Victorian Literature David Livingstone
Kathryn Simpson
  • LAST MODIFIED: 25 July 2023
  • DOI: 10.1093/obo/9780199799558-0193


David Livingstone was a Scottish doctor, missionary and traveler. He was born in 1813 in tied accommodation at the Monteith, Bogle & Co. Cotton Mill in Blantyre Scotland. David was the second child of Neil and Agnes (née Hunter). He worked up to fourteen hours a day from the age of ten in the mill, and at age 19 he had saved enough money to attend Anderson College in Glasgow. He joined the London Missionary Society (LMS) in 1838 and gained his medical license in November 1840. Livingstone was intending to go to China but this was prevented due the Opium Wars (1839–1860). He went to South Africa in 1841, having heard the famous Scottish missionary Robert Moffat speak of the opportunities for missionaries there. His first eleven years in inland mission stations were centered around his association with Sechele, the leader of the Kwêna. In February 1844 Livingstone was bitten by a lion after an ill-judged attempt to disperse a pride who were harassing the animals of a village he was working in. While recuperating at the Moffat mission station, he fell in love with Robert’s daughter Mary. He married Mary in Kuruman, in the northern Cape province of South Africa, in 1845. They went on to have six children. In 1852, after a few years of traveling with them, Livingstone sent his family to Britain so he would be free to travel in earnest. From 1852 to 1856 Livingstone roamed the Zambezi with the support of Sekeletu, leader of the Kololo; during this trip Livingstone walked across the continent. In 1857 Livingstone resigned from the LMS and became British Consul to the African interior. The second Zambezi trip, known as the Zambezi Expedition, was primarily funded by the British government, and built on Livingstone’s understanding that if he could find a navigable route along the Zambezi this would facilitate trade, no such route is possible due to the Cabora Bassa rapids. Livingstone’s final journey was to identify the source of the Nile. He died in Chitambo, present-day Chipundu in Zambia, in April 1873. His body was taken to the coast by his associates and returned to Britain; his funeral was at Westminster Abbey in April 1874. Livingstone and his legacy were central to British ideas of imperialism, and it is from him that the concept of the three C’s of colonialism came: Christianity, commerce, and civilization, the purported answer to stopping the traffic in enslaved people.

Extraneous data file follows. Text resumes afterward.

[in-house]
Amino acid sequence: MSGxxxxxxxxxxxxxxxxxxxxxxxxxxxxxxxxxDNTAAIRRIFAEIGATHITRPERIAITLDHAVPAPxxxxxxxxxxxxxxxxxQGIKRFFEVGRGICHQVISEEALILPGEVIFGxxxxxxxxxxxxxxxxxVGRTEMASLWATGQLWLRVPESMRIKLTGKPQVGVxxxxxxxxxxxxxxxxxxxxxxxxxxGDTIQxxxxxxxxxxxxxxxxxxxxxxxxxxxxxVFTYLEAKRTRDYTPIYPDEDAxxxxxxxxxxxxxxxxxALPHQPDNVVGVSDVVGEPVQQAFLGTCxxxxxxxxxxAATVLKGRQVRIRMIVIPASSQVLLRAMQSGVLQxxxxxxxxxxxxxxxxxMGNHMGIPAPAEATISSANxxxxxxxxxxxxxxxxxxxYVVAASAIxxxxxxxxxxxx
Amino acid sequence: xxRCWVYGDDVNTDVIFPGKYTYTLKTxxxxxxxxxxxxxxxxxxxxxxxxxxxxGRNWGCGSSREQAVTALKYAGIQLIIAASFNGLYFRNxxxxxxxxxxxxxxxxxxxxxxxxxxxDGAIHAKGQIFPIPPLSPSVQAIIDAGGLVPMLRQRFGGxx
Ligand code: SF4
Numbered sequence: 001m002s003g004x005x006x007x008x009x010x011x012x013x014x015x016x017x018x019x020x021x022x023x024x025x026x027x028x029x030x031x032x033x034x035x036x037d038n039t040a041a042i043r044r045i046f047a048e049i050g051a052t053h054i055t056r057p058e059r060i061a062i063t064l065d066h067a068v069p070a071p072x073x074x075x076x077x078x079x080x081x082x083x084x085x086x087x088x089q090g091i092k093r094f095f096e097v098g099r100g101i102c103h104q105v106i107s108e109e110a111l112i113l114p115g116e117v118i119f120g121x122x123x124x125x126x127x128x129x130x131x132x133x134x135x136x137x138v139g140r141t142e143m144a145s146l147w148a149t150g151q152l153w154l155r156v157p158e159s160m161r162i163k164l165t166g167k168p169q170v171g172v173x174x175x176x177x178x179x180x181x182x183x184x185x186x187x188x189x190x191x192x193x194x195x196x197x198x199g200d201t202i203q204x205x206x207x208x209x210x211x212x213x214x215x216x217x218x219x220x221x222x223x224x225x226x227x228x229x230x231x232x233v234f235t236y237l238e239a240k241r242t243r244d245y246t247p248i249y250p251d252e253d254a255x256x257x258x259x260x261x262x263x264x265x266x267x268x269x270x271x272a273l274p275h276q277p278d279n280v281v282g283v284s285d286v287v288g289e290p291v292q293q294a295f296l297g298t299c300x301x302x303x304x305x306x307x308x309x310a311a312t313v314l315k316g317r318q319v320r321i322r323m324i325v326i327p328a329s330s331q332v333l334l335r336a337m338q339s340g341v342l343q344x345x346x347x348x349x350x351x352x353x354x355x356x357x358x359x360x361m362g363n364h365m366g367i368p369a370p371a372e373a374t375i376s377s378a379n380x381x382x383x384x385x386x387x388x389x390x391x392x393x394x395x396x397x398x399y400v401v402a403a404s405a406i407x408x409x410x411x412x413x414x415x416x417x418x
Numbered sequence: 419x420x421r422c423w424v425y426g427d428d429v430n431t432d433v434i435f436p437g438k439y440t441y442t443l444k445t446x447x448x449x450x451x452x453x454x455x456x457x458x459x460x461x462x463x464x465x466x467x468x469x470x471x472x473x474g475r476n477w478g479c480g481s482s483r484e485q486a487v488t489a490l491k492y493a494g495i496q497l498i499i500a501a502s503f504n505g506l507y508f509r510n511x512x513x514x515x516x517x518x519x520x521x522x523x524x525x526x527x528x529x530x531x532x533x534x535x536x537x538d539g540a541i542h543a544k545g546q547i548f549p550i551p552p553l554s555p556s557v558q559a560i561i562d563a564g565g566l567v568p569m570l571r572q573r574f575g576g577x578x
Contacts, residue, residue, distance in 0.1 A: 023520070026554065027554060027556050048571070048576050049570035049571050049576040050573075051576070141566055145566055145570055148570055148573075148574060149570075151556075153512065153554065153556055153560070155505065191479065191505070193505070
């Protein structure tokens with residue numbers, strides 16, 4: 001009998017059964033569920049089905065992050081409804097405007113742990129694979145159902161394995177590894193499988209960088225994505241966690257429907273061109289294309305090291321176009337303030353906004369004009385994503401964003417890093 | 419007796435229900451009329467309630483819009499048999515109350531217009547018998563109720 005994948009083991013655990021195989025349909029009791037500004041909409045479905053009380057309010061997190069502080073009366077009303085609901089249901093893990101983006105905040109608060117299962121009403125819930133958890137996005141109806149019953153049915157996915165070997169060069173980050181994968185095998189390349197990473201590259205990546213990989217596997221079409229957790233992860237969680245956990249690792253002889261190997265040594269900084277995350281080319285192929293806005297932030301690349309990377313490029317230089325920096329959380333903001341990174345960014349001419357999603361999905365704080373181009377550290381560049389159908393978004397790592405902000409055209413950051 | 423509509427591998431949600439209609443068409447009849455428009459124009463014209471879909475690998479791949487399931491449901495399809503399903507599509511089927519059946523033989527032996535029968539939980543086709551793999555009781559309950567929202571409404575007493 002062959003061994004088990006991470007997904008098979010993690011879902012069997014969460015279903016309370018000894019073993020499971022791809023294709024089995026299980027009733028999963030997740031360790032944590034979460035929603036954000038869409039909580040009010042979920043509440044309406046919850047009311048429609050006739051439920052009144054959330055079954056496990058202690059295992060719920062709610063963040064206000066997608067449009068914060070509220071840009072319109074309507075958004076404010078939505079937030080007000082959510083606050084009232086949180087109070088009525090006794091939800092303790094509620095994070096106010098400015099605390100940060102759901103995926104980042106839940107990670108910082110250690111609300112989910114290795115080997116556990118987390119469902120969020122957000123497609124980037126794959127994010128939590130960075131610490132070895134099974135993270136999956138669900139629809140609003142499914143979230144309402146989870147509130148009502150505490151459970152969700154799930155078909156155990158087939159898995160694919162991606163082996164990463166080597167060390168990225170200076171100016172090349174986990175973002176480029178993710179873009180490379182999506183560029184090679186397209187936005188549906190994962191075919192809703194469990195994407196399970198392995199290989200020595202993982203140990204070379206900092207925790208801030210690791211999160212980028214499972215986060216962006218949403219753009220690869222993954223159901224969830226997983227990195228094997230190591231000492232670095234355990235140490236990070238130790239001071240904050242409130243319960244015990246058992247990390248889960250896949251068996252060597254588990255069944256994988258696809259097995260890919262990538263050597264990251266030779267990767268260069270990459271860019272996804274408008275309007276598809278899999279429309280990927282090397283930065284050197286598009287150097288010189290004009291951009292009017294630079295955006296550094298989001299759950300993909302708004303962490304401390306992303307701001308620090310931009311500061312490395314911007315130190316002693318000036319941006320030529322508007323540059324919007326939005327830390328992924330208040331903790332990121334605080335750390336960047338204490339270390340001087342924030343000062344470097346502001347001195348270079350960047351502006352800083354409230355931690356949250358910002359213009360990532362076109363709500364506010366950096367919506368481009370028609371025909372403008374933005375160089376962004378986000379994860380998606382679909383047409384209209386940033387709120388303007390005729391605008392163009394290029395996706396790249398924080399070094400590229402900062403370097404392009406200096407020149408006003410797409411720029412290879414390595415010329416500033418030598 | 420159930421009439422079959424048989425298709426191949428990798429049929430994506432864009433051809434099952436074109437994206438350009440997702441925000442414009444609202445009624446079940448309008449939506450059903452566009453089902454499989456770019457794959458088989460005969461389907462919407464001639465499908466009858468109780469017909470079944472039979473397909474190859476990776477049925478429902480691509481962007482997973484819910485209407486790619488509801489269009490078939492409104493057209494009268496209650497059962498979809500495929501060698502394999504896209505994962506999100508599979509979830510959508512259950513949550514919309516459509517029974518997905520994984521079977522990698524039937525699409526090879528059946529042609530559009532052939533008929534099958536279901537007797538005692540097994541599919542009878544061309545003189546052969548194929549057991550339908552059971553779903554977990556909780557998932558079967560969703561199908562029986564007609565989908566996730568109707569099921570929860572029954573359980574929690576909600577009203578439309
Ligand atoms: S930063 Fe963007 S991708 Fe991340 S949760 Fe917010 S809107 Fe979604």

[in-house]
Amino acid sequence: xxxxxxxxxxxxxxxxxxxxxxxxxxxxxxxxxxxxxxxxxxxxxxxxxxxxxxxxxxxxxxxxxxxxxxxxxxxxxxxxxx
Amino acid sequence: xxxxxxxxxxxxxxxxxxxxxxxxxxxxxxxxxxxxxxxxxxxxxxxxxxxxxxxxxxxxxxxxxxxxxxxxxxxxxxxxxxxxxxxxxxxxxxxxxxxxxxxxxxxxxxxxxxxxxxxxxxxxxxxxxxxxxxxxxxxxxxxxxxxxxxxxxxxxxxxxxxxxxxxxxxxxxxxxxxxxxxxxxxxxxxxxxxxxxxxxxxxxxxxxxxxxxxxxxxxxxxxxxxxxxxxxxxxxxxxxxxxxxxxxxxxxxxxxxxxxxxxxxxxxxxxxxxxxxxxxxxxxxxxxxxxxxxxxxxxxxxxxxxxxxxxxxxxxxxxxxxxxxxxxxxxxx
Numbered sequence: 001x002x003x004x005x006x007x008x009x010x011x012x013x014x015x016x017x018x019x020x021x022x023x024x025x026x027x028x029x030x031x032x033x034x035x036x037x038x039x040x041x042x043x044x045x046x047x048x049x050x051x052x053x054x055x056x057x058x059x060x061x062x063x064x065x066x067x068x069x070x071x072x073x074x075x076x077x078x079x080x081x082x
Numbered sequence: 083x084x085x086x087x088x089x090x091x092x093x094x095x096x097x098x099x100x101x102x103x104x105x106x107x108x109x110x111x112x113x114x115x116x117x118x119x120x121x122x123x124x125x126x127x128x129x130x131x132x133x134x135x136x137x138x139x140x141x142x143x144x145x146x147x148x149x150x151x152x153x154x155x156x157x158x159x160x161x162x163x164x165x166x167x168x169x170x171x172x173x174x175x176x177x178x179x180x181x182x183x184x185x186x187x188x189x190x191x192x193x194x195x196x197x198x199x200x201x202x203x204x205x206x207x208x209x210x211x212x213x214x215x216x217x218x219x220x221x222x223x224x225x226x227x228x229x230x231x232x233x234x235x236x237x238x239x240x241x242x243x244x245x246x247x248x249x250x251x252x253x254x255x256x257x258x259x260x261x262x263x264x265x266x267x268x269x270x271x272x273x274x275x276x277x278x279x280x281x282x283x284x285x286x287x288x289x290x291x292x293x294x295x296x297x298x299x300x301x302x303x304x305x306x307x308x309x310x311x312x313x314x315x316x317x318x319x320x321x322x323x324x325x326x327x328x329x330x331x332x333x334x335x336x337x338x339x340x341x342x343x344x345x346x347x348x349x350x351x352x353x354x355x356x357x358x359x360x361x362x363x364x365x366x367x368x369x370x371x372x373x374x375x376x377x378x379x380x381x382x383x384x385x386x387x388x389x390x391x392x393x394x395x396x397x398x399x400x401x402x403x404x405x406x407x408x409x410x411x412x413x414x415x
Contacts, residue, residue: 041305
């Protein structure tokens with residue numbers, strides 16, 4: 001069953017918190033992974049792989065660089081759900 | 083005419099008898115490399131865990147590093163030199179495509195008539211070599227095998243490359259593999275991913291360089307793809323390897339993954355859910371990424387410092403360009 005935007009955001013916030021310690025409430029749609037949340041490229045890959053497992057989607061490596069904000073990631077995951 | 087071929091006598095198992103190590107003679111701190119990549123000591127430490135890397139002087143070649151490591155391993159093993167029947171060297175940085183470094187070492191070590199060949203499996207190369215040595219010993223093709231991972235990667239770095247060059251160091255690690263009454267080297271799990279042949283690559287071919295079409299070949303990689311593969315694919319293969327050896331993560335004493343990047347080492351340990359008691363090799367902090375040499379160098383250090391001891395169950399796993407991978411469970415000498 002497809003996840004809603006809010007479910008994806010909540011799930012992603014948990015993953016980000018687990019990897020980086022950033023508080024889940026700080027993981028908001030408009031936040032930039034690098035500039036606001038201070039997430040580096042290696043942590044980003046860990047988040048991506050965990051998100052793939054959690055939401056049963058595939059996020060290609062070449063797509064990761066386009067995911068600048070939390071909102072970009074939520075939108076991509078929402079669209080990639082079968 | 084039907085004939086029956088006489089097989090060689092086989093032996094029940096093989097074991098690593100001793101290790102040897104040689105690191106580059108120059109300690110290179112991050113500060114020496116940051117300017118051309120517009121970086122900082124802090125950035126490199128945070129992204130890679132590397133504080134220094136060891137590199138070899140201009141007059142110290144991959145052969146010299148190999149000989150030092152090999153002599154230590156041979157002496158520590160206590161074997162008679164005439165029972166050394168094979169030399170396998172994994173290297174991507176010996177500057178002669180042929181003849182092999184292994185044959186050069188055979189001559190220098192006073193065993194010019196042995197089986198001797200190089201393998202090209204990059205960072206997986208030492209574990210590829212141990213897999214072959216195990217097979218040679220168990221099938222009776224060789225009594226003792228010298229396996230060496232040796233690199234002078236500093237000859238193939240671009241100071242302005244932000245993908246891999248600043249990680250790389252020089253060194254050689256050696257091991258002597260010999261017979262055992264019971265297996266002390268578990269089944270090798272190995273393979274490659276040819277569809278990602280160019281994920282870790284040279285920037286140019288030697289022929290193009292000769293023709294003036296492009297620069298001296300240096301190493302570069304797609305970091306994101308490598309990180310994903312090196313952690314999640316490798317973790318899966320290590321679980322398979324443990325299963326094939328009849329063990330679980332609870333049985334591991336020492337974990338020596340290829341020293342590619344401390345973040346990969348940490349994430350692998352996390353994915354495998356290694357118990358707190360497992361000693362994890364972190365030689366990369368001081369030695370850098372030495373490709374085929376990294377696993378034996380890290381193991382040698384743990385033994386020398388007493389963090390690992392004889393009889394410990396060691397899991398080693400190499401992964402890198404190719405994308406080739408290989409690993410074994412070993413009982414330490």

General Overviews

There is a vast pool of resources on Livingstone, his travels, and his sociocultural impact. Many works, though, are rehashes of Victorian and/or Christian literature. The most comprehensive source of contemporary scholarship on Livingstone is held by Livingstone Online. The site contains multiple peer-reviewed critical essays and provides access to all available extant Livingstone and Livingstone-associated texts. Livingstone 2013 brings together the work of the primary Anglophone Livingstone scholars and shows how “Livingstone studies” as a field is hugely interdisciplinary. As the essays in the volume attest to, research bounded by the life and work of Livingstone has been used as a way to bring forward marginalized voices and to engage with the cultural environment that led to the age of vociferous British imperialism. Finally, the volume also gives space to Livingstone as a focus for remembrance studies and the ways in which he and his reputation have been used for social and political ends. Worden 2012 is an excellent text that evidences all current strands of Livingstone scholarship. Of particular interest are the essays of Friday Mufuzi on the memorialization of Livingstone in colonial and postcolonial Zambia and Debbie Harrison on Livingstone’s work on tropical medicine. Pachai 1973 continues to be a vital reference work on Livingstone and little of the scholarship contained within has been challenged to date. Of particular note are the essays of Bridglal Pachai on the Zambezi Expedition and J. M. Schoffeleers on Livingstone and the Mang’anja Chiefs.

  • Livingstone Online. Directors: Adrian Wisnicki and Megan Ward.

    Comprehensive, rich, and authorial digital library of the writings of David Livingstone. Excellent peer-reviewed critical supporting materials and scholarly essays.

  • Livingstone, Justin, ed. Special Issue: Livingstone Studies: Bicentenary Studies. Scottish Geographical Journal 129.3–04 (2013).

    Stands as the most up-to-date scholarship on Livingstone, including work by key Livingstone scholars such as John M. Mackenzie, Adrian Wisnicki, Lawrence Dritsas & Joan Haig, Louise C. Henderson, and Felix Driver.

  • Pachai, Bridglal, ed. Livingstone: Man of Africa; Memorial Essays 1873–1973. London: Longman, 1973.

    Seminal collection of essays, which were the precursors to renewed contemporary critical attention on Livingstone and his legacy.

  • Worden, Sarah, ed. David Livingstone: Man, Myth and Legacy. Edinburgh: National Museum of Scotland, 2012.

    Partner text to the National Museum of Scotland’s “Dr Livingstone, I Presume?” exhibition of 2012. Excellent resource containing essays from many contemporary Livingstone experts, including Adrian Wisnicki, Justin D. Livingstone, Lawrence Dritsas, and Clare Pettitt.

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